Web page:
For example, The Chippewas of Nawash First Nation during the early settler period were not permitted to hunt and encroachment on their lands by squatters lead to the depopulation of animal and plant habitat and eventually the removal of the Nawash First Nation to lands deemed unsuitable for habitation by man or beast while the most productive and fertile lands were overtaken by squatters. Fishing was also taken over and commercial fishing licenses were issued to the White settlers and the Nawash Peoples were forced to fish in a very small area. However, in 1994, the Ministry of Natural Resources (MNR) of Ontario proceeded to charge two Chippewas of Nawash First Nation with fishing out of season and over fishing.

The MNR lost their case and the Chippewas of Nawash were reinstated their Aboriginal and Treaty right to fish commercially since they were able to prove that was a way of life previous to contact. White fishermen commercial fishing licenses were bought out by the MNR and Ontario and the Saugeen Ojibway Nation assumed their Sovereignty by establishing management over fishing in the waters of Georgian Bay and Lake Huron with the boundaries being seven miles out from Meaford out into Georgian Bay and extending northward and then westward to Lake Huron seven miles out and then south to Goderich, Ontario in Lake Huron. Saugeen Ojibway Nation also through the development of the Deluth Declaration which basically stated that the S.O.N. was the Sovereign Power over waters of Lake Huron.

  1. How are different Aboriginal peoples differentially affected by these forces of change and why?

Geography and different species of animals, birds and sea creatures and what value the lands and waters held for the White Man. Oil and gas, minerals, timber, fisheries. The Chippewas of Nawash were affected by the loss of Fisheries, loss of lands and culture by the forced assimilation policies of church and state. Pre Confederation Treaties were of Peace, friendship and an equal partnership between the New Comers and the First nations and an equal sharing of the natural resources and lands as suggested by the Two Row Wampum Treaties (Wampum Belts signified matters of Great Importance whether it was between First Nations or with the New comers).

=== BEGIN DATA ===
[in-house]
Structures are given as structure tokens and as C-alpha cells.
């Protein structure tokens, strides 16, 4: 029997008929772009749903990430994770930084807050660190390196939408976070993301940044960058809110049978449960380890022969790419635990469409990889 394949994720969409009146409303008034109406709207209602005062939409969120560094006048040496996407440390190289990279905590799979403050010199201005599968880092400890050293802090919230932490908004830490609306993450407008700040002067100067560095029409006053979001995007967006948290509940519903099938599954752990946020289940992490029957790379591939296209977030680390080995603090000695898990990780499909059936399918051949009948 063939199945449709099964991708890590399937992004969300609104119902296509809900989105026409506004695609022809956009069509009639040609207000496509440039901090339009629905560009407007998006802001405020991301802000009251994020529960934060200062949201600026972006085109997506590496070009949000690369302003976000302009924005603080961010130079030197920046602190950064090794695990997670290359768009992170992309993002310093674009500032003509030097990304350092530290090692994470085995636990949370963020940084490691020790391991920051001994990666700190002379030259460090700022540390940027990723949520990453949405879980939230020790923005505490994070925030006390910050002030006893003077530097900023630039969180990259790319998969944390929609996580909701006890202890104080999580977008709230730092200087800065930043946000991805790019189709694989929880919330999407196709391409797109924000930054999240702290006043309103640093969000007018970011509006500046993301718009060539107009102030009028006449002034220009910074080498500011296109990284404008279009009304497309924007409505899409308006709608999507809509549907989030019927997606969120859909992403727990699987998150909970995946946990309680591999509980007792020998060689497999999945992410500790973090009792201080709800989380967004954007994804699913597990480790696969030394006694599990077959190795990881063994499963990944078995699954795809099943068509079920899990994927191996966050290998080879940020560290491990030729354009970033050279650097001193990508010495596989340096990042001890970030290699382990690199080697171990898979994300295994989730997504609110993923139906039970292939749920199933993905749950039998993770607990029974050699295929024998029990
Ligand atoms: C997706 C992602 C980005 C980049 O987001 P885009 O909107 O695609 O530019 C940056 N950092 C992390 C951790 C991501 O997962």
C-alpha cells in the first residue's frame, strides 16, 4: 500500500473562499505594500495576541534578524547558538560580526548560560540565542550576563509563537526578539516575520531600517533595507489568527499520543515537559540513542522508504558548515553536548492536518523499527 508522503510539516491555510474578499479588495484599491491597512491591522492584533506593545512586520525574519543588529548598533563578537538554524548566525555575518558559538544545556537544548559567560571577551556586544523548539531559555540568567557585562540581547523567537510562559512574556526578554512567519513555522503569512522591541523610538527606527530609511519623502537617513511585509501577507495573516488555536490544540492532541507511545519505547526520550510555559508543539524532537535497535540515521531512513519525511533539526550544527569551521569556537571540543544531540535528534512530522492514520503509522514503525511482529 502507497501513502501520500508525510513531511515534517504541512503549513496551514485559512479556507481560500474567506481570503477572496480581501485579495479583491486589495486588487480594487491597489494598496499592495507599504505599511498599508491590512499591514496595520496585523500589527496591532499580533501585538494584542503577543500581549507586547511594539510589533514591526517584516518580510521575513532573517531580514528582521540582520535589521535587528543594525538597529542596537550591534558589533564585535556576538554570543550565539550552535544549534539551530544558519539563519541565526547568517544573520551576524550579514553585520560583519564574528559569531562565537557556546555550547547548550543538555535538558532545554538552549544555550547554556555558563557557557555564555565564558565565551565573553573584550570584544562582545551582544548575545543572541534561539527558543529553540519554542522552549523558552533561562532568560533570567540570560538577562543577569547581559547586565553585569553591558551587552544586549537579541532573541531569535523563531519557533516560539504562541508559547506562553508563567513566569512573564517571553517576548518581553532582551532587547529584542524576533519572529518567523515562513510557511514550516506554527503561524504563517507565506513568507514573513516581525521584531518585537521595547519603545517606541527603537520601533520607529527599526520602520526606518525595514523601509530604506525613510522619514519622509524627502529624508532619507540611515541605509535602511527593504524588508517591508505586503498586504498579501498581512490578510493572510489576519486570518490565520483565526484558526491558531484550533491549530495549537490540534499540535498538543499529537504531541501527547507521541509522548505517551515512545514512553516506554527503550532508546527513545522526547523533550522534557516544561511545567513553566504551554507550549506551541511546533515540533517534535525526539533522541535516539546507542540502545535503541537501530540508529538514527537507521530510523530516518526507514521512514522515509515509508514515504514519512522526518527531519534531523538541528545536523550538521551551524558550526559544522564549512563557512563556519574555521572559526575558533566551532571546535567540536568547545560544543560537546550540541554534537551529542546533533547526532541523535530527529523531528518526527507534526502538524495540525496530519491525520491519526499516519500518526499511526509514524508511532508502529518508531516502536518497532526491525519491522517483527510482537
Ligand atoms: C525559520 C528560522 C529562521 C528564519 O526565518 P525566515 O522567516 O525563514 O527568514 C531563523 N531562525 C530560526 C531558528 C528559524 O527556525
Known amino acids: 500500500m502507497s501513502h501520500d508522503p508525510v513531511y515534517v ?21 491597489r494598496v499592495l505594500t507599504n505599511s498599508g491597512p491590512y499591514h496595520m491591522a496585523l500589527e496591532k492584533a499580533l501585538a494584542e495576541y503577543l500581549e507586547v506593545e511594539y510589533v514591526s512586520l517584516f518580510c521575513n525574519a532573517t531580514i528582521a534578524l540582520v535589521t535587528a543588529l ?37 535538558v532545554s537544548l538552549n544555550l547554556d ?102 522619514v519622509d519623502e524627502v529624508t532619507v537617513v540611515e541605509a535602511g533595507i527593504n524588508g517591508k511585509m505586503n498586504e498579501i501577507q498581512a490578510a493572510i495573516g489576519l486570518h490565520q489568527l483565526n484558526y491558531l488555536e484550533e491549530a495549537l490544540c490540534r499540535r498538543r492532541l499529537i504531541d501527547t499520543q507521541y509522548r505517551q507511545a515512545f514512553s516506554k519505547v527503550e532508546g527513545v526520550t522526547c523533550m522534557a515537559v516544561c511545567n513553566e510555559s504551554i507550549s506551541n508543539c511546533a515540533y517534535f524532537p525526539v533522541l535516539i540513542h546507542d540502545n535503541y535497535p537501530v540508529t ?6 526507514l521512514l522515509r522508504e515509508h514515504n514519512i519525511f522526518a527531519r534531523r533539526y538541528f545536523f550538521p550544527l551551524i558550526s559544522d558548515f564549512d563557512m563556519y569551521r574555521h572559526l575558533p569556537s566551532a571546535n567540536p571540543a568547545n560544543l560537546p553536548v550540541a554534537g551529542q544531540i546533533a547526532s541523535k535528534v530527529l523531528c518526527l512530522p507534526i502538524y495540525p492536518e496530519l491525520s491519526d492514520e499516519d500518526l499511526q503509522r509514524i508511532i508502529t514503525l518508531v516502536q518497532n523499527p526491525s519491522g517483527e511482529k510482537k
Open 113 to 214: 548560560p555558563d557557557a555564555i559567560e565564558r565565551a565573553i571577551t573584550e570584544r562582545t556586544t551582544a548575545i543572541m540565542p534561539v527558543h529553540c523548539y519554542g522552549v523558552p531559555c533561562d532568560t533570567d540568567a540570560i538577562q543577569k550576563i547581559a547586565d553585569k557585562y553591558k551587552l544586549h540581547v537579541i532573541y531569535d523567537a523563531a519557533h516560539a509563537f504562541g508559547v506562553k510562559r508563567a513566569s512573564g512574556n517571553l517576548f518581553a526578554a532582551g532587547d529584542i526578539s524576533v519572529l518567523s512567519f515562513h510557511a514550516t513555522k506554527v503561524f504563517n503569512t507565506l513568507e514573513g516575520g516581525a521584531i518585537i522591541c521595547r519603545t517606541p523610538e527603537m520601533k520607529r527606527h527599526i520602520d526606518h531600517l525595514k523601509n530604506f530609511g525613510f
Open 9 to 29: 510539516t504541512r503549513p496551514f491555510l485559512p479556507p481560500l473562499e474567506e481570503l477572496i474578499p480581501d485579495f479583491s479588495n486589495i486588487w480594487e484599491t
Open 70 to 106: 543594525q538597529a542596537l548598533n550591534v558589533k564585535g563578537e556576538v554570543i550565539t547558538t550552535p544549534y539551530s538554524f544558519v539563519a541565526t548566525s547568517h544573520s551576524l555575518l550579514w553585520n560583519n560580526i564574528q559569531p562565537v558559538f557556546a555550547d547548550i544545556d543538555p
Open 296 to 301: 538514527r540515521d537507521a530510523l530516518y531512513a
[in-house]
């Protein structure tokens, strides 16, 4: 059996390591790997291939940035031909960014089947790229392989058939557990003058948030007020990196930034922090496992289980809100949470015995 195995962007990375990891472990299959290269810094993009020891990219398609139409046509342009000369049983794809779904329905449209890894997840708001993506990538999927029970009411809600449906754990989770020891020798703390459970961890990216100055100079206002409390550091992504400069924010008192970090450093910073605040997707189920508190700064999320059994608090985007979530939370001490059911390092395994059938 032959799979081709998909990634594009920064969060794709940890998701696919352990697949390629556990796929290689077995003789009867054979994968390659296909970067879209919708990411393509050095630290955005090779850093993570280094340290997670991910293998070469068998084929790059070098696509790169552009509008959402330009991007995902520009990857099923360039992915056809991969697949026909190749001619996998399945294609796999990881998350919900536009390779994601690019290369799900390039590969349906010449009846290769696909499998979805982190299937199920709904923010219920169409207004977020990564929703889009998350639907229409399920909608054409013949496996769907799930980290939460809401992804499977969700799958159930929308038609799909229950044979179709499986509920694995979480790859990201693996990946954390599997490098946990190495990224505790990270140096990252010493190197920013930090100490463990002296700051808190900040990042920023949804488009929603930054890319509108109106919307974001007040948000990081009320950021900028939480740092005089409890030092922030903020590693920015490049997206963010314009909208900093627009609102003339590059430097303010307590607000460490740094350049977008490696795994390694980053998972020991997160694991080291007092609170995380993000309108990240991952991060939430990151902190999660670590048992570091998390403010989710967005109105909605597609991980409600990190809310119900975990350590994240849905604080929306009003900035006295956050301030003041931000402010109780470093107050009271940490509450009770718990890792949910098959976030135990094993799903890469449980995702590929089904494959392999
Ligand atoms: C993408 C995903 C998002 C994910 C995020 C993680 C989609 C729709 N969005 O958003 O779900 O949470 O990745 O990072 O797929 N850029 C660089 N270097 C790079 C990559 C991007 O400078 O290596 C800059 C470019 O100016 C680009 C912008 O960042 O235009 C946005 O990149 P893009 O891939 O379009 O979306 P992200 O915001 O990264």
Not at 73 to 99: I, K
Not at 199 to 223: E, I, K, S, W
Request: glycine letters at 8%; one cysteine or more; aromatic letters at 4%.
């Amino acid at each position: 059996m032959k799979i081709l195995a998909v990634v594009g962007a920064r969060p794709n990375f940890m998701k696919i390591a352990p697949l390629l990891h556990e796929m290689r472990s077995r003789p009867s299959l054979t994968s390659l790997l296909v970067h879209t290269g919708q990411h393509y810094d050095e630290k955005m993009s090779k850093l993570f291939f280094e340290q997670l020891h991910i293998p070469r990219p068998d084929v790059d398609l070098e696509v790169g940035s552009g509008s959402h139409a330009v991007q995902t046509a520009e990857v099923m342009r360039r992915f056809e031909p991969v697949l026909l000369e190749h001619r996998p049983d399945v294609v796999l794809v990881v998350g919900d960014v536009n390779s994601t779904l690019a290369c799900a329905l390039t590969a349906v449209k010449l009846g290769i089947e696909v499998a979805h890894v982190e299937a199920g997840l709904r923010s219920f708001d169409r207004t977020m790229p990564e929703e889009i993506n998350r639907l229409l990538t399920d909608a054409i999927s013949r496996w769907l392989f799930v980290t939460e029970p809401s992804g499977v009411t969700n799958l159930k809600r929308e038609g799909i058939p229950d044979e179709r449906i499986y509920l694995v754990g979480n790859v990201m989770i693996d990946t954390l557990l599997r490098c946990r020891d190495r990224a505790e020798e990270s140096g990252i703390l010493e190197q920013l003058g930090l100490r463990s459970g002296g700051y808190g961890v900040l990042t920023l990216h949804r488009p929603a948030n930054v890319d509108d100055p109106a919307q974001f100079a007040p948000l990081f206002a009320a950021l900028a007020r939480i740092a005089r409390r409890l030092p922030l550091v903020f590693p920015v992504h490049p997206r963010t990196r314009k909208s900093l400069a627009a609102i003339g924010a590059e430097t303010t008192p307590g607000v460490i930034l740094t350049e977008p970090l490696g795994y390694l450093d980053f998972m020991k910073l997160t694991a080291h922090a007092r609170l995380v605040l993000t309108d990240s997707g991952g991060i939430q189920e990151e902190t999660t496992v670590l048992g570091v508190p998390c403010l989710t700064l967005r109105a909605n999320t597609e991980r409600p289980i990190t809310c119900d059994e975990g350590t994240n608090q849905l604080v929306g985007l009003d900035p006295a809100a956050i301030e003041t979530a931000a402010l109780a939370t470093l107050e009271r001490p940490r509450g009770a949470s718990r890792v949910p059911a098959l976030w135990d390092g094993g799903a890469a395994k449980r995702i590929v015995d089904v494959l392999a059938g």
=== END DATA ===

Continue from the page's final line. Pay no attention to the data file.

Confederation Treaties dealt with the erosion of Aboriginal Rights and modern day Treaties such as the James Bay Treaty or the Treaty established recently with the Nis Gaa First Nation in British Columbia, offered large amounts of dollars as compensation for the ceding of certain Aboriginal Rights and an opportunity to begin the process of Self Governance in the lands set aside for these individual First Nations.. * Although intended to erode Aboriginal and Treaty Rights, one of the numbered Treaties, as they became known in the Prairie Provinces and one area of Northern Ontario, contained what is known as “The Medicine Chest Clause” which guaranteed medical care and benefits for all First Nations. Also, education was also established as a Treaty and Aboriginal Right.

  1. What does ‘health’ mean? What does ‘the environment’ mean? What does ‘sustainability’ mean? And to who? How does traditional Aboriginal knowledge and practices help us revisit and realize these concepts in new and empowering ways?

When it comes to terminology in the English language, we have to be careful; what health means to the White settlers is one thing and what health means to various First Nations is another. Also, much is lost in the translation from English to Ojibway or Inuit. The Ojibway term mino b’maadiziwin general means to be in well being, of good health through diet and in spirit, to walk in balance.